Posted 3/25/14 (Tue)
By Neal A. Shipman
Watford City residents will be asked to increase the city’s current one-cent city sales tax by an additional one-half percent to help meet the growing needs of the community during the upcoming June election.
While Watford City’s City Council has still not finalized the language of the measure that will appear on the ballot, the city’s Home Rule Charter Committee is already laying groundwork for the vote.
“We need to look at what Watford City is going to be needing in the way of new facilities to meet the extreme growth that the community is experiencing,” stated Jessie Veeder during a public forum last Monday. “And the Roughrider Fund is a perfect way to help finance the new projects that are being planned.”
Watford City first enacted a one-cent city sales tax in 1989. And according to Veeder, since that time, the Roughrider Fund has poured over $5 million in grants into projects that have improved the community and the quality of life for people living in the area.
Because of the Roughrider Fund, and the one-cent city sales tax, according to Veeder, new facilities such as the Children’s Playground, the Connie Wold Wellness Center and the Wild West Water Park, to name just a few, have been constructed. In addition, the fund has been able to assist in the expansion of the clubhouse at the golf course, bring more affordable housing to the community, aid in the development of Main Street, and assist in the development of more daycare in the community.
“We’ve been able to accomplish a lot of good things in Watford City because of the one-cent city sales tax,” stated Veeder. “But with the population growth that Watford City will be experiencing in the coming years, the Roughrider Fund is going to need more money.”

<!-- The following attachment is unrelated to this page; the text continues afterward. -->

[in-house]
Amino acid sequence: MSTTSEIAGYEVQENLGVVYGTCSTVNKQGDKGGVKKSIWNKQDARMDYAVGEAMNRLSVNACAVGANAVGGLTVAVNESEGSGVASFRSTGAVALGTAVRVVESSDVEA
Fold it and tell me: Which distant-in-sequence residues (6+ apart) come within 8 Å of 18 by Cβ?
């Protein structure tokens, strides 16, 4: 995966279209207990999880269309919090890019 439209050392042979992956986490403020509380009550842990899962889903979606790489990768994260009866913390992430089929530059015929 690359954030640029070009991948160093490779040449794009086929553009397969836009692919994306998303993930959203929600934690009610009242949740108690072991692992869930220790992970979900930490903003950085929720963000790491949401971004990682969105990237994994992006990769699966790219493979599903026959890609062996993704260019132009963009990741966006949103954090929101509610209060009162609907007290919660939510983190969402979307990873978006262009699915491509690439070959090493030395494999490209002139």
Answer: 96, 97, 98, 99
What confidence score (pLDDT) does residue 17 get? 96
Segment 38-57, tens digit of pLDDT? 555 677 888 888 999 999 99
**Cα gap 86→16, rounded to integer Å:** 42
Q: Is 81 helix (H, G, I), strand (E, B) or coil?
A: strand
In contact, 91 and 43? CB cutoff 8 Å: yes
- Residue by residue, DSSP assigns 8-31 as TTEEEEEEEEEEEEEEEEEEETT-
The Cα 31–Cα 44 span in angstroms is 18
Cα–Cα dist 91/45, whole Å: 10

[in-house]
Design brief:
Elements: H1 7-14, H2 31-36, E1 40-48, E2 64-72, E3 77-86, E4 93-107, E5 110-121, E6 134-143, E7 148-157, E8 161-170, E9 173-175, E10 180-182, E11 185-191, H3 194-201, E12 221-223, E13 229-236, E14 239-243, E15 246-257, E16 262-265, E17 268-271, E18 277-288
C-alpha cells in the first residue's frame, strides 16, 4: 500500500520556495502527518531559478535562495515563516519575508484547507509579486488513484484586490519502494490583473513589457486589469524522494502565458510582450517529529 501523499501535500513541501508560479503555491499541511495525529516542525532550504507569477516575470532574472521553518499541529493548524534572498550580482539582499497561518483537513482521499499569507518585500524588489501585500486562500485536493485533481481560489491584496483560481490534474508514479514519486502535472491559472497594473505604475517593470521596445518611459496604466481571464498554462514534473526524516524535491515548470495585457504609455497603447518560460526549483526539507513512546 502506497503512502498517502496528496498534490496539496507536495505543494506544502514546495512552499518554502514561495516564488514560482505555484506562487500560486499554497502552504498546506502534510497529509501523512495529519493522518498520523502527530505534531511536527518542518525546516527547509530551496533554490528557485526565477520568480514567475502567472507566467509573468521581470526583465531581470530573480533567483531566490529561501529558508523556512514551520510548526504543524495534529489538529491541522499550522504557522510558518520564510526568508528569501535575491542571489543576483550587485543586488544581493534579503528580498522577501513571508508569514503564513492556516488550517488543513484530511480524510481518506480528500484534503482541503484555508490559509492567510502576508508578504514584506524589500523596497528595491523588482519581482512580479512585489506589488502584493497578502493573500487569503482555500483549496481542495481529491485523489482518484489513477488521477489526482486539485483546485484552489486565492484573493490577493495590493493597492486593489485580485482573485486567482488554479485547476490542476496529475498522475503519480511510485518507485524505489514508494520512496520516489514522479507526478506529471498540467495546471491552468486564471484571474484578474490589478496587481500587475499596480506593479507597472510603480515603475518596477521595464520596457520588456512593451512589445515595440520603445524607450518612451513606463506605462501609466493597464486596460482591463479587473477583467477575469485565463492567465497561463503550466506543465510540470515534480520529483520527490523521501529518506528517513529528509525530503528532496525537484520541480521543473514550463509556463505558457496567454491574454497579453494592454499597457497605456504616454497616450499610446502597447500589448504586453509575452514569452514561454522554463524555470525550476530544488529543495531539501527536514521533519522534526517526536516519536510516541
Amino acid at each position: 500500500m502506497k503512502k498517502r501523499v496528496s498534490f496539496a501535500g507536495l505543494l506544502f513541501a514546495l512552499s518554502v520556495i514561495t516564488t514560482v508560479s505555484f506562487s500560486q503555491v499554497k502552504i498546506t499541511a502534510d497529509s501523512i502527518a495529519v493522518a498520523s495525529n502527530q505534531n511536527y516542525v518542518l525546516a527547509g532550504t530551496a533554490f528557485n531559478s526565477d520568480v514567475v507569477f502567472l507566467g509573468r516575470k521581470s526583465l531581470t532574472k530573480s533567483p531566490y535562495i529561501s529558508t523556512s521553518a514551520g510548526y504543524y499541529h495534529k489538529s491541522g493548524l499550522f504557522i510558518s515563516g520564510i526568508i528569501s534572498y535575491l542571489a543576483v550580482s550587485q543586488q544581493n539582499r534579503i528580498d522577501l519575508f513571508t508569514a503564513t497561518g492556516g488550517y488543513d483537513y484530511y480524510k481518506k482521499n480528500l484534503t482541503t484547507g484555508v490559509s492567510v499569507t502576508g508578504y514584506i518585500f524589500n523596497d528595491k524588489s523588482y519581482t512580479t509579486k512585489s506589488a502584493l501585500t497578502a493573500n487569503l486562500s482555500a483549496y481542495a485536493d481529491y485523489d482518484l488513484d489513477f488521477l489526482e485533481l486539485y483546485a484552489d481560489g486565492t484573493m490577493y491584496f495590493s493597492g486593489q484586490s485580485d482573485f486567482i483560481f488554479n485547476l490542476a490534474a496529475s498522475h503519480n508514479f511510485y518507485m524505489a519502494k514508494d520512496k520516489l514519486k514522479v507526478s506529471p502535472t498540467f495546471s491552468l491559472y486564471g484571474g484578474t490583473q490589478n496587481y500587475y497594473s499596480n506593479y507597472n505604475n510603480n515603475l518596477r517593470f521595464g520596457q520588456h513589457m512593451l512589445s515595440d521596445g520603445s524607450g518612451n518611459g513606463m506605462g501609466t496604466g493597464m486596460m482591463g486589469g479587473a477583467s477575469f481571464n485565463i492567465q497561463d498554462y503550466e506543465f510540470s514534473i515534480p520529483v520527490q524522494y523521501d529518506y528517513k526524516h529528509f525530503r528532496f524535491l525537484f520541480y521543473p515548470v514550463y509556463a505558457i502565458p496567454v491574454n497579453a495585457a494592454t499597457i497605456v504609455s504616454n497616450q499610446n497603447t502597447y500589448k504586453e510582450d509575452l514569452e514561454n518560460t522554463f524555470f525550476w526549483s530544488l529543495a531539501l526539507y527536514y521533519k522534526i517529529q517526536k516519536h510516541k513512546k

According to Veeder, the increase in city sales tax is needed to help finance the new hospital and clinic facility, as well as to assist with funding the emergency services in the county.
“We have to look at the quality of life that we want to be available to have, such as a new community events center and improved parks and recreation,” stated Veeder. “An increase in the Roughrider Fund will provide the city with the means to do that. In addition, we know that we are going to have to have money to improve our airport and to continue working to provide senior housing and other affordable housing in the community.”
According to Justin Voll, city councilman and also a member of the Watford City Home Rule Charter Committee, even if Watford City were to raise its city sales tax by one-half cent, it would still be lower than what is being taxed in other area cities.
“Currently, Williston, Minot and Fargo all have a two-cent city sales tax, while Crosby has a three-cent city sales tax,” stated Voll. “The city council believes that increasing our city sales tax to 1½ cents will allow us to accomplish what we need to do in the future. We see it as a way for the city to pay for some of the larger projects that we have because of the lack of state funds.”
Voll also noted that there is currently a sales tax cap of $25 on each purchase and that the cap would remain in effect.
Currently, according to Voll, the city’s sales tax is generating between $200,000 and $250,000 per month.
One of the benefits that Dan Kelly, CEO of McKenzie County Healthcare Systems sees in increasing the tax is that the vast majority of the funds will come from non-city residents.
“In reality, the bulk of the sales tax will be paid by oil-related industries that are making purchases in Watford City,” stated Kelly.
According to Kelly, the new healthcare system, the new events center, as well as the other projects being proposed in the future are the economic drivers for the community.
“The new healthcare system replacement facility, the airport, the events center and more affordable housing all bring new people to live in our community,” stated Kelly. “This is really about making an investment in our community so that people will want to move here instead of to Williston, Tioga or Stanley.”
For Watford City Mayor Brent Sanford, the funds generated by the city sales tax have been used well in the past and will continue to be spent wisely in the future.
“We’ve been using the Roughrider Fund for family-friendly projects. It’s what makes our community different.”